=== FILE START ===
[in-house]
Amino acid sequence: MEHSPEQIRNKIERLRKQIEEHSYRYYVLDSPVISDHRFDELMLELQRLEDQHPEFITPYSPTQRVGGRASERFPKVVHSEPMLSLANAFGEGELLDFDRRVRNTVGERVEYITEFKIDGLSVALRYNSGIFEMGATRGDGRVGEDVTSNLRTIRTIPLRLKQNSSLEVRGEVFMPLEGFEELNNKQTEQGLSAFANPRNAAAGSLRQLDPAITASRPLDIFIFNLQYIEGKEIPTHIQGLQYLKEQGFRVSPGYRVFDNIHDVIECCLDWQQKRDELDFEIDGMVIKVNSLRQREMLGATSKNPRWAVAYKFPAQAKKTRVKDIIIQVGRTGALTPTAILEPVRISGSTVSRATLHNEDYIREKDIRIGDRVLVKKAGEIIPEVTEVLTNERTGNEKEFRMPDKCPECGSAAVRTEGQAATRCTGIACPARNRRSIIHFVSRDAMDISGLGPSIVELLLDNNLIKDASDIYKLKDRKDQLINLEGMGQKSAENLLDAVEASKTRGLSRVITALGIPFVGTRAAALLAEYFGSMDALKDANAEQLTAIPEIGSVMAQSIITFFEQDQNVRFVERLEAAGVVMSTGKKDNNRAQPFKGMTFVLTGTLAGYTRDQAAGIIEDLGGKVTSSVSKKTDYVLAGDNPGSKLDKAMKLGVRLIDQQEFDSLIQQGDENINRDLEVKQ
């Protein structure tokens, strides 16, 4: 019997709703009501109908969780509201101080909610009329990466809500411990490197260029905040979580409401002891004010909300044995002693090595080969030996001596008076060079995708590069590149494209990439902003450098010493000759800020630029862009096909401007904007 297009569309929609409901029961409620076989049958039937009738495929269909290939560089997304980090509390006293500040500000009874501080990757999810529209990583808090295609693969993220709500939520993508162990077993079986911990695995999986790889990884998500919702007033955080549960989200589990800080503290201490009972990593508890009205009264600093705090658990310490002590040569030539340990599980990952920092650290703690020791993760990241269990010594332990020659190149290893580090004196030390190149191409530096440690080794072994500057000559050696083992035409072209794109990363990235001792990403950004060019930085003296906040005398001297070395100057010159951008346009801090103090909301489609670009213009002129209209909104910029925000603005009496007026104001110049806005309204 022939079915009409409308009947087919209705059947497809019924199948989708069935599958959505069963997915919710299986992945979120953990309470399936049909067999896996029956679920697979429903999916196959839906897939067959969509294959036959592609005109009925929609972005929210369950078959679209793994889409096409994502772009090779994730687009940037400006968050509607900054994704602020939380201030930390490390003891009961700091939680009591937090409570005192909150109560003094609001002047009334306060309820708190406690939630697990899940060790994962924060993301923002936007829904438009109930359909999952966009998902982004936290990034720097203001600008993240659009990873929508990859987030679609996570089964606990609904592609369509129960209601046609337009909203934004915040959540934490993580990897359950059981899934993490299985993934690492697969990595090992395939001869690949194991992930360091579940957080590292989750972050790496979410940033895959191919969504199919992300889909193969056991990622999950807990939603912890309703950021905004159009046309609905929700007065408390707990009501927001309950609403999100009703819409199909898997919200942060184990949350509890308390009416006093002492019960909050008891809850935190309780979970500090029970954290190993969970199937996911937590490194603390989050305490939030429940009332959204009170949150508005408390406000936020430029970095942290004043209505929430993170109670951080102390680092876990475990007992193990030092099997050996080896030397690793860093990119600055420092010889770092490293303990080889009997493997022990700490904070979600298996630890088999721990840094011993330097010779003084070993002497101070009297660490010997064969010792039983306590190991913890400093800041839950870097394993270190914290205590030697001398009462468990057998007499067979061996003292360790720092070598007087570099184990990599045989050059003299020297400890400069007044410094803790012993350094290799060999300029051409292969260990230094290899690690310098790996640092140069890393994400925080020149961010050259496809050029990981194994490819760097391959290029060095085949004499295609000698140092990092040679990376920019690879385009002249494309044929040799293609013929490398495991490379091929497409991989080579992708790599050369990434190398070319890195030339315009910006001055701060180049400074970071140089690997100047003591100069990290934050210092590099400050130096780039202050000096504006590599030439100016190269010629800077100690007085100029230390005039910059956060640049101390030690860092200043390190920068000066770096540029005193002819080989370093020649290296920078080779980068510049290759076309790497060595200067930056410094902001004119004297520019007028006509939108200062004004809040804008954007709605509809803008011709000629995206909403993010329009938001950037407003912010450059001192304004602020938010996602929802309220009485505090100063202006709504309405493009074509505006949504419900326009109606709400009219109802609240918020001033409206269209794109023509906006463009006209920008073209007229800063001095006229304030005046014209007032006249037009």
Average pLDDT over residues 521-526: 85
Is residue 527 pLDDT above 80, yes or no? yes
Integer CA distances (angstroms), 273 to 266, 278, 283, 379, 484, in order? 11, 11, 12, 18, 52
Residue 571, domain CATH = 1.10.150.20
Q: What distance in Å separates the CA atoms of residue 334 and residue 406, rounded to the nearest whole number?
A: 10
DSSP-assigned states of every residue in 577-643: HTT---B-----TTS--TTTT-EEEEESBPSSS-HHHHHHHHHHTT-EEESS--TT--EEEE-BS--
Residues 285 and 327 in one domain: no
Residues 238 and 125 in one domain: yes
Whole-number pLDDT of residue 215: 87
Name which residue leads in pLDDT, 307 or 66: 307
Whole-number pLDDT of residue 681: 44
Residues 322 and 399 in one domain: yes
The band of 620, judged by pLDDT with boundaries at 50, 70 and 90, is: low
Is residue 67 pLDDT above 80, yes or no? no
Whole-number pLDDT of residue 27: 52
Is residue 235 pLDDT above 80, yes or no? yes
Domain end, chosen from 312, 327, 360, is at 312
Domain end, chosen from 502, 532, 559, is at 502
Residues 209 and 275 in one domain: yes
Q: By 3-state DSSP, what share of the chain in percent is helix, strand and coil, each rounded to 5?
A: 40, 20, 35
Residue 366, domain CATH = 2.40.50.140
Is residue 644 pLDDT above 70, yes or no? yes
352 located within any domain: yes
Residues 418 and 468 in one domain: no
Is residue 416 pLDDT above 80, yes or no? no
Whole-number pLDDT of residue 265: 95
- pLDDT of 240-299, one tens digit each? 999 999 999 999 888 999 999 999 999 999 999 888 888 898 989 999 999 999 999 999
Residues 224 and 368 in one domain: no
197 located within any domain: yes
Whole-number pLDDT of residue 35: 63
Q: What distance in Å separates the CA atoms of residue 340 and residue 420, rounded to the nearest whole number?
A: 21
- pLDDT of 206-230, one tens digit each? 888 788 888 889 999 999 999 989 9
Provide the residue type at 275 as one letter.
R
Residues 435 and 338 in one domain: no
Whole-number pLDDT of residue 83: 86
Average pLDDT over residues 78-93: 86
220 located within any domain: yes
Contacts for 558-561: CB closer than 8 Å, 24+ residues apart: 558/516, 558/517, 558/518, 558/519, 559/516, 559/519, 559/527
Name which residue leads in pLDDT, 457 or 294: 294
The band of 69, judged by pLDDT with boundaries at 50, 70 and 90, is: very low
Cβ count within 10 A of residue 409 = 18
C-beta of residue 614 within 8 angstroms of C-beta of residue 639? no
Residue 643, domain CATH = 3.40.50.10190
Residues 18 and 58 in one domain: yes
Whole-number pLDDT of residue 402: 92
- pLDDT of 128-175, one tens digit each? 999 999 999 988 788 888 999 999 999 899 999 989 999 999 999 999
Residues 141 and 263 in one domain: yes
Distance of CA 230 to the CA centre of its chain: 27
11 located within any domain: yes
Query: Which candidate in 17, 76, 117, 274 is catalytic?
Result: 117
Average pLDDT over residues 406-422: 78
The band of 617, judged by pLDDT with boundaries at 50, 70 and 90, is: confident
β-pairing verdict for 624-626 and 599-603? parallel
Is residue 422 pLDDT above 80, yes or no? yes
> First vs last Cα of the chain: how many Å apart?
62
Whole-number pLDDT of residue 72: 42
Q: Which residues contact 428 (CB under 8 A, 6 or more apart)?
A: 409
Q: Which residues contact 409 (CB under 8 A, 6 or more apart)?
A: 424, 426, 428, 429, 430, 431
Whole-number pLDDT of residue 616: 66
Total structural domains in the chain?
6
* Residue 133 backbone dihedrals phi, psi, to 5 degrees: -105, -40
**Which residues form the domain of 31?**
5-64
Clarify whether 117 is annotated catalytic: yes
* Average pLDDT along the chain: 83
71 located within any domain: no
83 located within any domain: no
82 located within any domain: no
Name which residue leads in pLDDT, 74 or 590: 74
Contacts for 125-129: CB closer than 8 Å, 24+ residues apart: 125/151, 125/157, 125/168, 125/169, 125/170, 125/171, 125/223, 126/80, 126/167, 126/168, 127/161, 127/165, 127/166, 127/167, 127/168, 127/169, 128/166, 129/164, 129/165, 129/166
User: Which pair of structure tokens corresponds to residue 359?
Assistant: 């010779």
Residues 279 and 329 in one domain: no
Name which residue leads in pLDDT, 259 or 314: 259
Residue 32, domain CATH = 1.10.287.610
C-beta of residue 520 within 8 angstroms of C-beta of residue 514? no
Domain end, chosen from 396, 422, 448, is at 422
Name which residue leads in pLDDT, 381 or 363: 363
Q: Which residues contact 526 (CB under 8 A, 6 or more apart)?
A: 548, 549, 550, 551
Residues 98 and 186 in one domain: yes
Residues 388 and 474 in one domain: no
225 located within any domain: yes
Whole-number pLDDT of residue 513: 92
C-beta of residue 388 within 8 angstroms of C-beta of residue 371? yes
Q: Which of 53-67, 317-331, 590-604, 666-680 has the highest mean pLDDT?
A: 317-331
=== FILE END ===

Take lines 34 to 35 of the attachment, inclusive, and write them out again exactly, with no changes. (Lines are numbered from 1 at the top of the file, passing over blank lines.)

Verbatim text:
197 located within any domain: yes
Whole-number pLDDT of residue 35: 63